The mysterious world of Scotland’s ancient Picts

Eerie stones etched with perplexing symbols, gleaming troves of silver treasure, and ancient edifices on the brink of collapse. Are the Picts merely folklore, or an enthralling civilization hiding beneath Scotland's soil?

The Picts were an ancient society that thrived in Iron Age Scotland from 79 to 843 CE. Despite their relatively short existence, they left a lasting mark on Scotland’s history and culture. Their legacy can be seen in various forms such as Pictish stones, silver hoards, and architectural structures.

The origins of the Picts

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Digital reconstruction of Dun da Lamh Pictish hillfort. Bob Marshall, 2020, via Cairngorms National Park Authority, Grantown-on-Spey / Fair Use

One of the most fascinating enigmas of the Picts is their origins, which remain a topic of debate among historians and archaeologists. It is generally agreed that they were a confederation of tribes and had seven kingdoms. However, the exact origins of the Picts are still shrouded in mystery. The word “Pict” itself is believed to have derived either from the Latin “Picti”, meaning “the painted people”, or from the native name “Pecht” meaning “the ancestors”, highlighting their unique cultural practices.

Military prowess: They stopped the mighty Romans

The Picts were known for their military prowess and engagement in battles. Perhaps their most famous opponent was the Roman Empire. Although they were divided into separate tribes, when the Romans invaded, the Pictish clans would come together under a single leader to resist them, similar to the Celts during Caesar’s conquest of Gaul. The Romans made three attempts to conquer Caledonia (now Scotland), but each one was short-lived. They eventually built Hadrian’s Wall to mark their northernmost border.

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Roman soldiers building Hadrian’s Wall in the North of England, which was constructed c122 AD (during the reign of the Emperor Hadrian) to keep out the Picts (Scots). From “Aunt Charlotte’s Stories of English History for the Little Ones” by Charlotte M Yonge. Published by Marcus Ward & Co, London & Belfast, in 1884. iStock

The Romans briefly occupied Scotland as far as Perth and built another wall, the Antonine Wall, before retreating back to Hadrian’s Wall. In 208 CE, Emperor Septimius Severus led a campaign to eradicate the troublesome Picts, but they used guerrilla tactics and prevented a Roman victory. Severus died during the campaign, and his sons returned to Rome. As the Romans were consistently unsuccessful in subduing the Picts, they eventually withdrew from the region altogether.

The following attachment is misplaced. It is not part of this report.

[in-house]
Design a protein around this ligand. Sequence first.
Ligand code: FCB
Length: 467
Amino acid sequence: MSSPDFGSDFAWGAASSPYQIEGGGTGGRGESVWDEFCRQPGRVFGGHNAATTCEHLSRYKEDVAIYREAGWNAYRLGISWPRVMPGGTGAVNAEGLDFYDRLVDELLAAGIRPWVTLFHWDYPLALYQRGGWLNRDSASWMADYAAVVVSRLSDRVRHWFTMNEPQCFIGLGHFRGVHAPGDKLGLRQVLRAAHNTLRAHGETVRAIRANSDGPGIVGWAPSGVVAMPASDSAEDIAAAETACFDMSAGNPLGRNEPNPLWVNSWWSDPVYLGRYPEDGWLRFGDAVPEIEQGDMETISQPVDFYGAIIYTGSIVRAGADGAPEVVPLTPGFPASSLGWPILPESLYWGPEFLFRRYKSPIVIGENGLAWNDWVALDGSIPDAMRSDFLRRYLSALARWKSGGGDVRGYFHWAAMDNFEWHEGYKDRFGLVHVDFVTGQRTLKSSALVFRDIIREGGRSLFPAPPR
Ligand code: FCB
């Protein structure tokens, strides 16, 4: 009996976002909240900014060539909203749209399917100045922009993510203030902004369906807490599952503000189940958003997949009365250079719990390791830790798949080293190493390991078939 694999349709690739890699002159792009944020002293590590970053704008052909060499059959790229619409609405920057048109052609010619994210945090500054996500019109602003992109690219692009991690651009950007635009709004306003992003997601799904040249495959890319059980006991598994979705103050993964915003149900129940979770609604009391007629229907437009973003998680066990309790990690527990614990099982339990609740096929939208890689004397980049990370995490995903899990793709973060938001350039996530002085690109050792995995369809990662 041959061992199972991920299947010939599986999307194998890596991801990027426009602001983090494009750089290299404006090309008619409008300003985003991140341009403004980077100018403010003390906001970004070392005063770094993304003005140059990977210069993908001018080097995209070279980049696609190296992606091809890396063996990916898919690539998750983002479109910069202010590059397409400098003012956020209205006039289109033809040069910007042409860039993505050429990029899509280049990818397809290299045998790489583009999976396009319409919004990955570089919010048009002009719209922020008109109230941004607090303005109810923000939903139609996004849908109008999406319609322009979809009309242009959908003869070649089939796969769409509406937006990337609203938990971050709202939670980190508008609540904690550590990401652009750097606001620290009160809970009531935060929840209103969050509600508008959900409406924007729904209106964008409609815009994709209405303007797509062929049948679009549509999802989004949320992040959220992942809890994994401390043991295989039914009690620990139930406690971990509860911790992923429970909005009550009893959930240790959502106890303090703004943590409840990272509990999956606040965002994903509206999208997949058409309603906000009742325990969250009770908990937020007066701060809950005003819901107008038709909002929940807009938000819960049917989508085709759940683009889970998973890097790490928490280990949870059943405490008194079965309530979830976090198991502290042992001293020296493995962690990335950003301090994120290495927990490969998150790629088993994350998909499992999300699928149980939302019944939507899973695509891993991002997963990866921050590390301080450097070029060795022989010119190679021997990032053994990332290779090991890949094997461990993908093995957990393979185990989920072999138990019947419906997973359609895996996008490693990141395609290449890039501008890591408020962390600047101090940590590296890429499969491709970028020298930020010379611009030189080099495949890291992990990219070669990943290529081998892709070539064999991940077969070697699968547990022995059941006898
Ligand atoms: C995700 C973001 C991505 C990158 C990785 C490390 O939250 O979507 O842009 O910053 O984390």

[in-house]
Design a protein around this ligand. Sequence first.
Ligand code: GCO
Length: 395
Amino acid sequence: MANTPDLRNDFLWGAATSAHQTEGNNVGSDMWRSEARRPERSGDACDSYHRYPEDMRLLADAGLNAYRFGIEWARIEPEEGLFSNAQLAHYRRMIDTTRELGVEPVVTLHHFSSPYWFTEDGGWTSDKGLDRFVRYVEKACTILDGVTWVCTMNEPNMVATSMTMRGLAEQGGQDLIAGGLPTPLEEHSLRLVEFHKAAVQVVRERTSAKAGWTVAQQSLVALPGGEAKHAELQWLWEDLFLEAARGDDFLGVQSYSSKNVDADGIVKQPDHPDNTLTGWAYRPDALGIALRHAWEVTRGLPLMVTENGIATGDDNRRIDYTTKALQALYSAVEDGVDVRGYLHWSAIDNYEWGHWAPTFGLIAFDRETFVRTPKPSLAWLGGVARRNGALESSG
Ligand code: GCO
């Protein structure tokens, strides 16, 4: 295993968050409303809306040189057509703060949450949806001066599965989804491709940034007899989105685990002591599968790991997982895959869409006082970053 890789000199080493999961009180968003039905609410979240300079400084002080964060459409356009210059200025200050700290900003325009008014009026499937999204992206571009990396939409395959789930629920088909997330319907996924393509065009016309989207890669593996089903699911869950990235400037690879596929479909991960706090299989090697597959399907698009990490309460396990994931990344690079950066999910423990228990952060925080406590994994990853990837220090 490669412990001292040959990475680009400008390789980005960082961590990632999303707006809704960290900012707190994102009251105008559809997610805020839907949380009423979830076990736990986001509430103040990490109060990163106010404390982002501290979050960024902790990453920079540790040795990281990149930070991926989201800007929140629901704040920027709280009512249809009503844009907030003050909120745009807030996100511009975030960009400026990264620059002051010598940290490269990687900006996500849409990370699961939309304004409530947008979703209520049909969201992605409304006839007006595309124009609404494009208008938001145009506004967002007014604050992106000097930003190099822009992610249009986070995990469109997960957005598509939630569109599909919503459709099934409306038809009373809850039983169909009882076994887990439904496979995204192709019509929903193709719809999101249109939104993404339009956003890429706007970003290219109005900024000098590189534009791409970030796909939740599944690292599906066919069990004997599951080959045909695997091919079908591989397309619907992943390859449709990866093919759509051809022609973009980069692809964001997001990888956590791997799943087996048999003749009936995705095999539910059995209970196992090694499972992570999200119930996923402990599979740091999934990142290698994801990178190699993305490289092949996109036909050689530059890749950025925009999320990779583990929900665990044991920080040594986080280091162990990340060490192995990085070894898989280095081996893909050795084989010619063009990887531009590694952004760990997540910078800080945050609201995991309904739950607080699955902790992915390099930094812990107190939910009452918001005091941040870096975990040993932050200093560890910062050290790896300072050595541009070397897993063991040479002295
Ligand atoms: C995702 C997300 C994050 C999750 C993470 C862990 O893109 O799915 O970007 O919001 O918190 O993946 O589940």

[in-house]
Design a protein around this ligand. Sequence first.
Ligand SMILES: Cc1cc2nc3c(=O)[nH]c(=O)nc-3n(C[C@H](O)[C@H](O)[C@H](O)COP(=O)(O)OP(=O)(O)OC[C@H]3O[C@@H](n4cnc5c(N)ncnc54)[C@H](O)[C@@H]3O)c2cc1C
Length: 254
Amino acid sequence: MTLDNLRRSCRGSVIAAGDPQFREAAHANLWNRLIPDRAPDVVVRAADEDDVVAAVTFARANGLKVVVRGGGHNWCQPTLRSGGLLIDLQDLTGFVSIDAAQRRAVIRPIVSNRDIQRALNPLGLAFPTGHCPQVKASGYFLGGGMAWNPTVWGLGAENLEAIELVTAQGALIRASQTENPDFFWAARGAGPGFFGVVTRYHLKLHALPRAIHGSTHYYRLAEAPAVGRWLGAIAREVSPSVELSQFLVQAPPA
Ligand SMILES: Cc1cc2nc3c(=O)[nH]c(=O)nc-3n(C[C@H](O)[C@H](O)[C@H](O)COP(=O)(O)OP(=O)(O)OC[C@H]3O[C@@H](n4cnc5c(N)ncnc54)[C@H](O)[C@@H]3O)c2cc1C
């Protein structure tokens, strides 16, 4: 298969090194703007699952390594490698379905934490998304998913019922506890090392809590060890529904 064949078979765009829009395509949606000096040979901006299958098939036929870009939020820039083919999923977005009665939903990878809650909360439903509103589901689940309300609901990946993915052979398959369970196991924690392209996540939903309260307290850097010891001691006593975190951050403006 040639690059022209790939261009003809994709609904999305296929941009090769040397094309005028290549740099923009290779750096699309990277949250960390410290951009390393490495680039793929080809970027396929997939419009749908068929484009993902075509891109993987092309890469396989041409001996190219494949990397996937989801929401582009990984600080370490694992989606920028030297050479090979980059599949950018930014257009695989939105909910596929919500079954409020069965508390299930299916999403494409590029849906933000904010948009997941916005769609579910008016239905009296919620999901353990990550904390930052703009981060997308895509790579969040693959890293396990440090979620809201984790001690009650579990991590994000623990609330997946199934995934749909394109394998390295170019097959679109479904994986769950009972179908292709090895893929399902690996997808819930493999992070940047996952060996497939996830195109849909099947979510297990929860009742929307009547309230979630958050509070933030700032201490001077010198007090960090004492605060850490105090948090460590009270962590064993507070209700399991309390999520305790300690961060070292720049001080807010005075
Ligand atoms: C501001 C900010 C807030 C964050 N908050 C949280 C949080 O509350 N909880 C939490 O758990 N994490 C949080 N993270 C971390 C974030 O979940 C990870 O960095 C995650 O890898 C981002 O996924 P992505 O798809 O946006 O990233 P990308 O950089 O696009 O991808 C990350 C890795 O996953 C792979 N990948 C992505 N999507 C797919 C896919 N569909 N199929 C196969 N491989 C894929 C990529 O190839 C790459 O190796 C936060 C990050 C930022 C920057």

Interestingly, while the Picts were fierce warriors, they were relatively peaceful among themselves. Their battles with other tribes were usually over minor issues like livestock theft. They formed a complex society with intricate social structures and an organized political system. Each of the seven kingdoms had its own rulers and laws, suggesting a highly organized society that maintained peace within its borders.

Their existence shaped the future of Scotland

Over time, the Picts assimilated with other neighboring cultures, such as the Dál Riata and the Anglians. This assimilation led to the fading of their Pictish identity and the emergence of the Kingdom of Scots. The Picts’ influence on Scottish history and culture cannot be understated, as their assimilation ultimately shaped the future of Scotland.

What did the Picts look like?

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A ‘Pict’ warrior; nude, body stained and painted with birds, animals and serpents carrying shield and man’s head, with scimitar Watercolour touched with white over graphite, with pen and brown ink. The Trustees of the British Museum